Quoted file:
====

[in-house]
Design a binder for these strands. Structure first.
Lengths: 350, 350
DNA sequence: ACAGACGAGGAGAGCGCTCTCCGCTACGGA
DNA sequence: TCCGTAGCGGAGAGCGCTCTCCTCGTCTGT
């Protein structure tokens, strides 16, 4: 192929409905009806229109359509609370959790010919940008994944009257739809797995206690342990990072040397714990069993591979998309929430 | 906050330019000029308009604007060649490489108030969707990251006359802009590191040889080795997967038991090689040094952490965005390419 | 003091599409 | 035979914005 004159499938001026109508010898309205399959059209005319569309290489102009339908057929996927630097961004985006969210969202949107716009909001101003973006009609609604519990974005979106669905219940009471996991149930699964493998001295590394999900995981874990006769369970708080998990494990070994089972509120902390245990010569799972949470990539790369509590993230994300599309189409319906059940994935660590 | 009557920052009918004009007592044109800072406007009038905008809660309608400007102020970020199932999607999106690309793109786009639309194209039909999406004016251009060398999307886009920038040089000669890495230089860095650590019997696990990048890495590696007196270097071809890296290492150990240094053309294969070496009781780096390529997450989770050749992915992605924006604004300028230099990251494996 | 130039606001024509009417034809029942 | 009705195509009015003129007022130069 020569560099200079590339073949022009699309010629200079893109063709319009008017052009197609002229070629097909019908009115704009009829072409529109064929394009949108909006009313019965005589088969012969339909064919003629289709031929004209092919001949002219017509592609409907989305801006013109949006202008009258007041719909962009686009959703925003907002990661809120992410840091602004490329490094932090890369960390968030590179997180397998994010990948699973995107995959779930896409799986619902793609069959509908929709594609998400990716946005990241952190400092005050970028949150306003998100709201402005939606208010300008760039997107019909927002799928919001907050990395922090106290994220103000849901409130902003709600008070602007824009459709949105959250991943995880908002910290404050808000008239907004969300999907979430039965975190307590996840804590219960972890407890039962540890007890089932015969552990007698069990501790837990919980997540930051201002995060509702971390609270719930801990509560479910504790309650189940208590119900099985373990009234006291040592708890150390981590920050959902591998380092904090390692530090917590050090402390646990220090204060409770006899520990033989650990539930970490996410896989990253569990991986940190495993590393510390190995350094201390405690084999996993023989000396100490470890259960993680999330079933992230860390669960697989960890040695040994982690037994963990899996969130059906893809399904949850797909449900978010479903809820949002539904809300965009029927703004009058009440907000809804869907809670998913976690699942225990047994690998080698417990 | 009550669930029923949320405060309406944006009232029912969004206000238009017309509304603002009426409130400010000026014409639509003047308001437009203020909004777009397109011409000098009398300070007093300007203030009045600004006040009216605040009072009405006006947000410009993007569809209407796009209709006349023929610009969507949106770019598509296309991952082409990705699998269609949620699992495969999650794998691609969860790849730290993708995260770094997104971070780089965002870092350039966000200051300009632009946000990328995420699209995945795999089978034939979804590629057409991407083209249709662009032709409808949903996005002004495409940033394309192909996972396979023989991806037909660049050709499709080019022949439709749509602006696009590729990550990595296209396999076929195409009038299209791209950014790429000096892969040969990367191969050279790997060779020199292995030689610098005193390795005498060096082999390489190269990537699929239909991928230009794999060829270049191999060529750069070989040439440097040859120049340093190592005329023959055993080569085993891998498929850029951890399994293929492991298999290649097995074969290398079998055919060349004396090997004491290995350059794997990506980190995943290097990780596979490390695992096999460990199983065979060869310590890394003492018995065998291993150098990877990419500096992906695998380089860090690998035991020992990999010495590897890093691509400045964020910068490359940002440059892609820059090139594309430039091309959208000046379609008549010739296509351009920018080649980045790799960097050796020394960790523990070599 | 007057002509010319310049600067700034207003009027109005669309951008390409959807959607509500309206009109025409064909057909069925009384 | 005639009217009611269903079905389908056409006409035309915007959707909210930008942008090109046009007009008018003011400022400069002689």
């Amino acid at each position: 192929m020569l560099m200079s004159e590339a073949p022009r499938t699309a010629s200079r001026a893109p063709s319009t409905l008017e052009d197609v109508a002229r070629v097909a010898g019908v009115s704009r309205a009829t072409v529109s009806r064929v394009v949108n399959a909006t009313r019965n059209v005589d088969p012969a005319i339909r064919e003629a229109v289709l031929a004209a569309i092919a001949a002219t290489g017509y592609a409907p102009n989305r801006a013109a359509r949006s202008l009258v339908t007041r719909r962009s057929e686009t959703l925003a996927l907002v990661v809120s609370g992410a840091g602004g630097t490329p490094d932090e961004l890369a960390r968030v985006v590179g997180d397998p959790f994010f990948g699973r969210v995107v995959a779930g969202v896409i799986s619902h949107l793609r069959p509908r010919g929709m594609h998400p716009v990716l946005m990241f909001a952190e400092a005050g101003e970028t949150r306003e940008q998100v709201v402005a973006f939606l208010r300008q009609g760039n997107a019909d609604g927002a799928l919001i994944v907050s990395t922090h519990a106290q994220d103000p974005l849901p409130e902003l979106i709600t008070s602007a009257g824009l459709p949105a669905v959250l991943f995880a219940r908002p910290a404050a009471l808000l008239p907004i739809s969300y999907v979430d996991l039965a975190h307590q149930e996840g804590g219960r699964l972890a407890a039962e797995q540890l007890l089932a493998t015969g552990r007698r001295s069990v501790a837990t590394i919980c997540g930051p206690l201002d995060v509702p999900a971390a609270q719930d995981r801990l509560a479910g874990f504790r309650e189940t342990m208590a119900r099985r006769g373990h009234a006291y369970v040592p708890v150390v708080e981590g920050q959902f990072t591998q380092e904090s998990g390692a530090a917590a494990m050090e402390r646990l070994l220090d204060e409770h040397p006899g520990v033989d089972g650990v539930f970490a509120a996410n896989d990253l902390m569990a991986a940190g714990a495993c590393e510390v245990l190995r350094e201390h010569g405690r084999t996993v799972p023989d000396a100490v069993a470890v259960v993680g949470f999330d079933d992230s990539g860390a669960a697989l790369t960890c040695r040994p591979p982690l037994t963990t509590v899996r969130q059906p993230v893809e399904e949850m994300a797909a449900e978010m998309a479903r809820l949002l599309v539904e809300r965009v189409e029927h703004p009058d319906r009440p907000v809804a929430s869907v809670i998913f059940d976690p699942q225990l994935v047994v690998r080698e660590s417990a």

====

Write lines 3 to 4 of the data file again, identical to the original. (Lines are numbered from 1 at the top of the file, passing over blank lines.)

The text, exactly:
Lengths: 350, 350
DNA sequence: ACAGACGAGGAGAGCGCTCTCCGCTACGGA